Carl came to us through a Demo day we ran at his workplace.
Two years ago I was driving my car to work and back 4 times a week - a total of 120 ks a week. I decided to start riding my mountain bike instead at least twice a week just for exercise. I was extremely unfit. I could not imagine how riding was going to change my fitness levels (though I’m not an athlete yet) things are 3 times more than what they were. And I have become a fanatic....Some six months into the cycling I was fortunate enough to be able to meet Simone from Switched on Cycles doing a display at my work place. Then I hatched a plan to get one of those e-bikes for myself (ie be very nice to my wife lol). I have taken it on as a hobby and been able to do a few upgrades to suit me. The figures are like thi . The cost of driving to work 25 dollars a week, parking in the city in daytime is 15 dollars a day. Now I pay a grand total of 40 cents a week to run the bike. My car sits at home for 6 days out of seven. The savings in fuel and wear and tear and servicing and repairs on my car have gone through the floor. I now have to start my car once a week just see if it’s ok.
I will be honest with you, I am a heavy guy and have had some problems but have managed to be able to sort them out. My wife however is telling me that I should MARRY MY BIKE and teach it how to clean and cook . I talk about it so much. The major difference between the e-bike and the mountain bike is that the time taken to get to work is much shorter and I believe I still get plenty of exercise. I will recommend Kim and Simone as the dealings that I have had with them in the past has been fantastic.
Colleen & Bill
Our bike of the month for January is in fact many bikes. Bill & Colleen Fulton are the proud owners of multiple bikes, including two e-bikes. While they don't actually own any of our bikes, (we have helped them keep their bikes on the road), what we like about this couple is the way they use different bikes for different purposes, rather than jumping in the car for everything.
Our bike of the month for September/ October is a cautionary tale and comes from Rebecca the proud owner of an E-commuter. Rebecca has had her E-commuter for 6 months.
I love my electric bike. It does give the green inner glow because I am using the car a lot less. My fitness is building up so I use the electricity less and less and pedal more and more. It is hard to think of an excuse not to use the bike when I don’t even HAVE to pedal. It keeps me fit and helps me sleep at night as I want to cut down my emissions.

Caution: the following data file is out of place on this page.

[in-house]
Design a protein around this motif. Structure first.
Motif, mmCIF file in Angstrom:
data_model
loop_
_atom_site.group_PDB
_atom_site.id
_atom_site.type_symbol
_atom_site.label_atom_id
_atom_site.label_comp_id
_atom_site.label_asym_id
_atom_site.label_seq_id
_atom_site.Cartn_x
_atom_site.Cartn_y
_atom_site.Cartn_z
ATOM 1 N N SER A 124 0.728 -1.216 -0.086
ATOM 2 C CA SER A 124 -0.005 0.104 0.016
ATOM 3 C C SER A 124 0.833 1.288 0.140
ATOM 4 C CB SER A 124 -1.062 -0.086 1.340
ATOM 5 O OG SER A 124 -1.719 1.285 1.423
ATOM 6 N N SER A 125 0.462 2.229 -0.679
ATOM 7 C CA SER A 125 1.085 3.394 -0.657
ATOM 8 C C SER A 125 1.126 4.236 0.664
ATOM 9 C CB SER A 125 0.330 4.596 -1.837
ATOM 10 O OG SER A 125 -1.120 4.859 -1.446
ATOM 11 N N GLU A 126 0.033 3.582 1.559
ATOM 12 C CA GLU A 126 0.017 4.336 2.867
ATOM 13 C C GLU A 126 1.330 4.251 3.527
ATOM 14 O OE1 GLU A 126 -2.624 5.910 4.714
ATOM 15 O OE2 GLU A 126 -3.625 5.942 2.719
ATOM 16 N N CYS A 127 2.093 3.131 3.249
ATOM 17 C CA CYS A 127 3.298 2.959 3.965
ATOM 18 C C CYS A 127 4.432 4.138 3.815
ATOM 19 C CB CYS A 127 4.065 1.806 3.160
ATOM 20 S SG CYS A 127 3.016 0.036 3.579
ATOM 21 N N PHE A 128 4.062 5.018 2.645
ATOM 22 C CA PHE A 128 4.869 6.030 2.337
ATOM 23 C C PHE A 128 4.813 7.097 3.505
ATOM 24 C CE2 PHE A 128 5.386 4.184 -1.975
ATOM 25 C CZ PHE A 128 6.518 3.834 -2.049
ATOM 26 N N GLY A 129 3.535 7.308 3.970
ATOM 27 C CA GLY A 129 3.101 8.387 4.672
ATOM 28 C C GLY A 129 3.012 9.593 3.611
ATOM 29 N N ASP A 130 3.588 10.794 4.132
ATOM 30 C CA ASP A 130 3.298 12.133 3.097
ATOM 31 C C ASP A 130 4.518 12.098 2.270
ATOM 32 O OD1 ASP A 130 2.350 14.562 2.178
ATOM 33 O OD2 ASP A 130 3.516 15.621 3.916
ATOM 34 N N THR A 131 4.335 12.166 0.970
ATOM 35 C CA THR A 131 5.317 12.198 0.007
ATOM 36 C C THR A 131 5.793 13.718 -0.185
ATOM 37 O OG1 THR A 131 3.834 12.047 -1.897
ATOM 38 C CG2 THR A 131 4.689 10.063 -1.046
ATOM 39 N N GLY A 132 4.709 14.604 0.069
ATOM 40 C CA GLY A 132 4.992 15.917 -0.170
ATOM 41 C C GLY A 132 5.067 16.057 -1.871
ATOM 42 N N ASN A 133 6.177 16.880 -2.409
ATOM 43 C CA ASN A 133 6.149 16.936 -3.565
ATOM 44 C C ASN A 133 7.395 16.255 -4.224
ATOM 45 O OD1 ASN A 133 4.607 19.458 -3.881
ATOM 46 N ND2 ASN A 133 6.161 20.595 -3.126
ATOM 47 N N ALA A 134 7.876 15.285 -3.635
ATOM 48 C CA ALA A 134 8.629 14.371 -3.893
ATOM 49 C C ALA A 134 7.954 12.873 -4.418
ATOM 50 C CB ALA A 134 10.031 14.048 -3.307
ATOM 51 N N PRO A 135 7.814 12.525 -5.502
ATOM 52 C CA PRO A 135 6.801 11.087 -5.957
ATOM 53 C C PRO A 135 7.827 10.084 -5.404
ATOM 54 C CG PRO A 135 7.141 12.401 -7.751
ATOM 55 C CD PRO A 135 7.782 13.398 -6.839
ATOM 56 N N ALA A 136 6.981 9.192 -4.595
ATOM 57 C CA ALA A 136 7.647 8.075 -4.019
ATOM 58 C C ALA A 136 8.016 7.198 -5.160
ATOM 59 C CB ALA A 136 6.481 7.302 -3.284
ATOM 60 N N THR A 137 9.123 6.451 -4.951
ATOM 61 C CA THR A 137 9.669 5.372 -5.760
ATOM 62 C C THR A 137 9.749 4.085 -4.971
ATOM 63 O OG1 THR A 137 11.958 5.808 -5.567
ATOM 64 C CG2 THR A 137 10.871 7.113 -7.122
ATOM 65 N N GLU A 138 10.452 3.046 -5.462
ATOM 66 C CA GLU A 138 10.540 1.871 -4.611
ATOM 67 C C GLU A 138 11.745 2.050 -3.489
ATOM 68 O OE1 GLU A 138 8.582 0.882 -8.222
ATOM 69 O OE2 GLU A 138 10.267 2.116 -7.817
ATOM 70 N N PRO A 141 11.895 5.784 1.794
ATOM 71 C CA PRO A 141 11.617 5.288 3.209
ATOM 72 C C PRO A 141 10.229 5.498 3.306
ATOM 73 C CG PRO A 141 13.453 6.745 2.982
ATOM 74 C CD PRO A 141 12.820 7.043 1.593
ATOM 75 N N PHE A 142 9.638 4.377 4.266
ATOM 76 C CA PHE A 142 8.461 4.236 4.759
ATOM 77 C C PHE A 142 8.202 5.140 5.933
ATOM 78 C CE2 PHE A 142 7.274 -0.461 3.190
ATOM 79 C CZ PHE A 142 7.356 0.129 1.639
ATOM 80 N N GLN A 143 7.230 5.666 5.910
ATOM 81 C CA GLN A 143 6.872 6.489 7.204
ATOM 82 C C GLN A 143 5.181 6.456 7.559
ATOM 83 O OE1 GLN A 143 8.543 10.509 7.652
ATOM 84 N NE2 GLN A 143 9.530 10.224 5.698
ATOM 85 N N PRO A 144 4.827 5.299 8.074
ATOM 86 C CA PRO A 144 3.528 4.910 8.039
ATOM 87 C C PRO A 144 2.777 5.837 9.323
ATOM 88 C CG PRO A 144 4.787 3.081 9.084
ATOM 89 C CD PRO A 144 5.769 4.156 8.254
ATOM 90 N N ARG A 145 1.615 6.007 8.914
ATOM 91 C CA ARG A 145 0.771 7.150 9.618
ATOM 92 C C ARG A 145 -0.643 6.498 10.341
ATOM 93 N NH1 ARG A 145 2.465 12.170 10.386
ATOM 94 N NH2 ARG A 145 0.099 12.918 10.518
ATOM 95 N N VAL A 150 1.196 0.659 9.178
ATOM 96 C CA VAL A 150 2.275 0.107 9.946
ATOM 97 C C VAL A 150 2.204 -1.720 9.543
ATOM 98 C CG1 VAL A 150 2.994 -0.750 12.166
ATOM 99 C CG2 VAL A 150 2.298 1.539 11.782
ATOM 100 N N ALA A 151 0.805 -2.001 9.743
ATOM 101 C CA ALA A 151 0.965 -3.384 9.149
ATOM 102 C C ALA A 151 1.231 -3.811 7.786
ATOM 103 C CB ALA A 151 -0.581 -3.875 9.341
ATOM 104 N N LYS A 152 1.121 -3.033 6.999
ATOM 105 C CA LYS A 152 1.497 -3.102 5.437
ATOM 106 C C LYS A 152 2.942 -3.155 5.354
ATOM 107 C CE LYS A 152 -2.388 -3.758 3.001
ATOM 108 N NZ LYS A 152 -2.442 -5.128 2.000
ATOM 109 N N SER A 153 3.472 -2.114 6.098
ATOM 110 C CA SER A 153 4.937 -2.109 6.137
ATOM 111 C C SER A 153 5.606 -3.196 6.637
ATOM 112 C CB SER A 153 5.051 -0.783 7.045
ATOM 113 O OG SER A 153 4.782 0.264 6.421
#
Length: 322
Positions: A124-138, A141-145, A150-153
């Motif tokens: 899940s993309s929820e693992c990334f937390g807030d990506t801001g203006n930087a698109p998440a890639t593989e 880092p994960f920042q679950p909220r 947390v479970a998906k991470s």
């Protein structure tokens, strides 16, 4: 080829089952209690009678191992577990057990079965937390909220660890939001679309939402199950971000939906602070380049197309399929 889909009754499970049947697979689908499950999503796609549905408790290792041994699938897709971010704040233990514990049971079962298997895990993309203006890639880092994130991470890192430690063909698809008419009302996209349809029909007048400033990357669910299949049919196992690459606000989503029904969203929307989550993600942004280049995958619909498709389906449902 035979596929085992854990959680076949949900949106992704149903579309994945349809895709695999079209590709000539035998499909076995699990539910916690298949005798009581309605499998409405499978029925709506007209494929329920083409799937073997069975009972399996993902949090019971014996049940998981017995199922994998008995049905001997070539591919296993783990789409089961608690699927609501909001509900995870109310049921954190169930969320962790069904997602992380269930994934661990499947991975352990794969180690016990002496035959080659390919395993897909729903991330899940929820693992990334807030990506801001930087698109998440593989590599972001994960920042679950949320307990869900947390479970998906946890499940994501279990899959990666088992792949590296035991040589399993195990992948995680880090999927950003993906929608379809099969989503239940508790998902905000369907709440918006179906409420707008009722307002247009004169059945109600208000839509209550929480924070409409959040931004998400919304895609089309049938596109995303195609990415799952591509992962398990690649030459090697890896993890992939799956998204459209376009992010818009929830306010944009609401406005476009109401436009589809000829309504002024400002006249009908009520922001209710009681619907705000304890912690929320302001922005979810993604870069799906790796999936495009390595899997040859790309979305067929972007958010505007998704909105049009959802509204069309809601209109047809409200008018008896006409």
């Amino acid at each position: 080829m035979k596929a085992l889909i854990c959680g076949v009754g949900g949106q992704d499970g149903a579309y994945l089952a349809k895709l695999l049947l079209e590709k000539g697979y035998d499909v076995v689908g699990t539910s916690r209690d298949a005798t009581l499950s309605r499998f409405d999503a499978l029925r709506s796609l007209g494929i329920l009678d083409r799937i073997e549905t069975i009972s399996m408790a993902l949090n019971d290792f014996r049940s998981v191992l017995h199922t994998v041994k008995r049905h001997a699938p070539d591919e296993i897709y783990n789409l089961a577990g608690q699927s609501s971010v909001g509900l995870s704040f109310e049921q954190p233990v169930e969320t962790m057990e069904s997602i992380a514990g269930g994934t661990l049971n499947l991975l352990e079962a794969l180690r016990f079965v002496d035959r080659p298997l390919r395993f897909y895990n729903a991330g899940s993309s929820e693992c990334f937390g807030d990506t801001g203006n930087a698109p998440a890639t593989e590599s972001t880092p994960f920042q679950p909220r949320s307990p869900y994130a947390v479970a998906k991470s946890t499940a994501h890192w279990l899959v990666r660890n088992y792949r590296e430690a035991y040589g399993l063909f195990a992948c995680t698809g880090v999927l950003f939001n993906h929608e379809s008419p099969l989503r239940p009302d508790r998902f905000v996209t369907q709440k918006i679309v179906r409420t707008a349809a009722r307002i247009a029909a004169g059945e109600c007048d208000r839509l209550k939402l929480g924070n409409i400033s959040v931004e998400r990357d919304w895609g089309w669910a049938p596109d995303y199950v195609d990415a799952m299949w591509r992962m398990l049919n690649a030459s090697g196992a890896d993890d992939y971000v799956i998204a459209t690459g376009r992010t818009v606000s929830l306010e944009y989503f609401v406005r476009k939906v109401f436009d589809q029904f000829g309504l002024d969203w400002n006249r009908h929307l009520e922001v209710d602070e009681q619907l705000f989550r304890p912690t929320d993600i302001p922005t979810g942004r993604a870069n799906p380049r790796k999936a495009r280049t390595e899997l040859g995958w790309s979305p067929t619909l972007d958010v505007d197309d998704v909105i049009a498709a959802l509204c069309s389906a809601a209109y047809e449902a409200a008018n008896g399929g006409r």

But one night on a dark and narrow cycle track another bike and I collided. Suddenly I was sailing through the air and THWACK…my head hit the ground. The other cyclist was groaning. I hauled myself up and went to help him. He asked me call an ambulance…..and then I waited for one to arrive. It was a terrible half hour wait because I didn't’t know what had happened to the other guy. Other cyclists stopped to help us. Thank you so much to people who will care at these times.
After some weeks the injured man called me to say he hadn't’t broken his neck…but still had some bad injuries. I got off with lighter elbow, neck and shoulder injuries. My helmet was split to the crown…so glad I had it on.
Canberra’s cycle paths are not very safe. They are not lit and have tight corners. We all have to keep our speed slow especially at night and stay alert and attentive for every second to avoid prangs.
I cant stop riding because I love it but now I am now going to join Pedal Power who are working to improve cycling conditions in Canberra.
Godfrey has had his Breez-ee since 2010 and has given us a great bike of the month.
"Once upon a time ---
there was a man who enjoyed riding his bicycle to work each day of the week.
In his youth cycling 16 kilometres from Queanbeyan to Civic in the morning;
And another 16 km back home in the evening was like eating yam---easy.
Good exercise, fresh air, clean refreshing sweat!
Then one day his knees started to complain.
A little bit of pain here and there.
Exhausted short legs.
Shivering, irritated muscles.
He would sit down and his legs dared him to stand up.
The legs won.
Serious. He could not ignore the complaints from his legs.
He knew it was the ‘A’ factor which kicks in as the years go by.
So he cut down to three days a week on the push bike and two days on a Deane’s bus.
The tired legs tax was 12 dollars return each day; 24 dollars a week on a bus.
One day, by accident, when browsing through a local newspaper
he noticed an advertisement in the Chronicles
“ Switched on bicycles”.
He did a quick calculation.
With the money he was spending on the bus
He could borrow money from a credit union, buy an electric bicycle
And pay back (using saved bus fares) the principal plus interest in one year and a bit.